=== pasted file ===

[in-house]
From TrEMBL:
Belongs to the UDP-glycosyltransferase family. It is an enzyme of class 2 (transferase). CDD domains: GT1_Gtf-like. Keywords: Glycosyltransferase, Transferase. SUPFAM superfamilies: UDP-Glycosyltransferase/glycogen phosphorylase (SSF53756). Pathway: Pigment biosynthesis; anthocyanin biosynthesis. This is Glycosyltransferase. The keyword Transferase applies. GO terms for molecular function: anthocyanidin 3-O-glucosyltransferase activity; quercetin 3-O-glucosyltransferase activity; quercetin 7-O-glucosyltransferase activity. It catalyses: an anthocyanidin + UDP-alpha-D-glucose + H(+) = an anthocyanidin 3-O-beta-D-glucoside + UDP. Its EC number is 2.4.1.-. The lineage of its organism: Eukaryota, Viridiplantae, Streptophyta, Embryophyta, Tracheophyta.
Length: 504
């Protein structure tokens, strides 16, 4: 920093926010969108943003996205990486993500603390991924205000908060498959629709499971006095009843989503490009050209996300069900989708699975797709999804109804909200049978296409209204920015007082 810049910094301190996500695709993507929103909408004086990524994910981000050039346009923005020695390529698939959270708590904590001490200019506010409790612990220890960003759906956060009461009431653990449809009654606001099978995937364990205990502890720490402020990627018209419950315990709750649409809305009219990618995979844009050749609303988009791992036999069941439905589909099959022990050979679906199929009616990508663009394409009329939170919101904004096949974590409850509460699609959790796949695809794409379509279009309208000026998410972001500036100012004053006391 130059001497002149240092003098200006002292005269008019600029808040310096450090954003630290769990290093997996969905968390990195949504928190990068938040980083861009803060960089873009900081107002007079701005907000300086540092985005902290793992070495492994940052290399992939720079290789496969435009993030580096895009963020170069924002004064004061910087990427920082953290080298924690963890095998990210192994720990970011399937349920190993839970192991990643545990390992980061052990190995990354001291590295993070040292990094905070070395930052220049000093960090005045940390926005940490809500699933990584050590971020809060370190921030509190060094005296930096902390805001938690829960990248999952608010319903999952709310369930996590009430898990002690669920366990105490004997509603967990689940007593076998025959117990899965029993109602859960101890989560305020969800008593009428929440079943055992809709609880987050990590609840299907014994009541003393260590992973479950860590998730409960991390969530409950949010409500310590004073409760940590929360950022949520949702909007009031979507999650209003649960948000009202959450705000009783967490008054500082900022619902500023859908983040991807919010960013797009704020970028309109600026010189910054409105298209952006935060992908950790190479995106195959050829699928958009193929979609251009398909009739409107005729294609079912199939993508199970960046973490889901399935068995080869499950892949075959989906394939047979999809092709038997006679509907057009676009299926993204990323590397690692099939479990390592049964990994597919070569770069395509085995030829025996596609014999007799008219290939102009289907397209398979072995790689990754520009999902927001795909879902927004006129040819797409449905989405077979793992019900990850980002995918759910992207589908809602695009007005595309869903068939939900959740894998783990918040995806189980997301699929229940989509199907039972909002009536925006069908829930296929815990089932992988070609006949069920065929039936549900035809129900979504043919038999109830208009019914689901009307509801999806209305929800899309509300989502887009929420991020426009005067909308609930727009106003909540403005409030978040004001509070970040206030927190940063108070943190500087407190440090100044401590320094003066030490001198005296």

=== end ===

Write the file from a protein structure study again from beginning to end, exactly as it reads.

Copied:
[in-house]
From TrEMBL:
Belongs to the UDP-glycosyltransferase family. It is an enzyme of class 2 (transferase). CDD domains: GT1_Gtf-like. Keywords: Glycosyltransferase, Transferase. SUPFAM superfamilies: UDP-Glycosyltransferase/glycogen phosphorylase (SSF53756). Pathway: Pigment biosynthesis; anthocyanin biosynthesis. This is Glycosyltransferase. The keyword Transferase applies. GO terms for molecular function: anthocyanidin 3-O-glucosyltransferase activity; quercetin 3-O-glucosyltransferase activity; quercetin 7-O-glucosyltransferase activity. It catalyses: an anthocyanidin + UDP-alpha-D-glucose + H(+) = an anthocyanidin 3-O-beta-D-glucoside + UDP. Its EC number is 2.4.1.-. The lineage of its organism: Eukaryota, Viridiplantae, Streptophyta, Embryophyta, Tracheophyta.
Length: 504
């Protein structure tokens, strides 16, 4: 920093926010969108943003996205990486993500603390991924205000908060498959629709499971006095009843989503490009050209996300069900989708699975797709999804109804909200049978296409209204920015007082 810049910094301190996500695709993507929103909408004086990524994910981000050039346009923005020695390529698939959270708590904590001490200019506010409790612990220890960003759906956060009461009431653990449809009654606001099978995937364990205990502890720490402020990627018209419950315990709750649409809305009219990618995979844009050749609303988009791992036999069941439905589909099959022990050979679906199929009616990508663009394409009329939170919101904004096949974590409850509460699609959790796949695809794409379509279009309208000026998410972001500036100012004053006391 130059001497002149240092003098200006002292005269008019600029808040310096450090954003630290769990290093997996969905968390990195949504928190990068938040980083861009803060960089873009900081107002007079701005907000300086540092985005902290793992070495492994940052290399992939720079290789496969435009993030580096895009963020170069924002004064004061910087990427920082953290080298924690963890095998990210192994720990970011399937349920190993839970192991990643545990390992980061052990190995990354001291590295993070040292990094905070070395930052220049000093960090005045940390926005940490809500699933990584050590971020809060370190921030509190060094005296930096902390805001938690829960990248999952608010319903999952709310369930996590009430898990002690669920366990105490004997509603967990689940007593076998025959117990899965029993109602859960101890989560305020969800008593009428929440079943055992809709609880987050990590609840299907014994009541003393260590992973479950860590998730409960991390969530409950949010409500310590004073409760940590929360950022949520949702909007009031979507999650209003649960948000009202959450705000009783967490008054500082900022619902500023859908983040991807919010960013797009704020970028309109600026010189910054409105298209952006935060992908950790190479995106195959050829699928958009193929979609251009398909009739409107005729294609079912199939993508199970960046973490889901399935068995080869499950892949075959989906394939047979999809092709038997006679509907057009676009299926993204990323590397690692099939479990390592049964990994597919070569770069395509085995030829025996596609014999007799008219290939102009289907397209398979072995790689990754520009999902927001795909879902927004006129040819797409449905989405077979793992019900990850980002995918759910992207589908809602695009007005595309869903068939939900959740894998783990918040995806189980997301699929229940989509199907039972909002009536925006069908829930296929815990089932992988070609006949069920065929039936549900035809129900979504043919038999109830208009019914689901009307509801999806209305929800899309509300989502887009929420991020426009005067909308609930727009106003909540403005409030978040004001509070970040206030927190940063108070943190500087407190440090100044401590320094003066030490001198005296």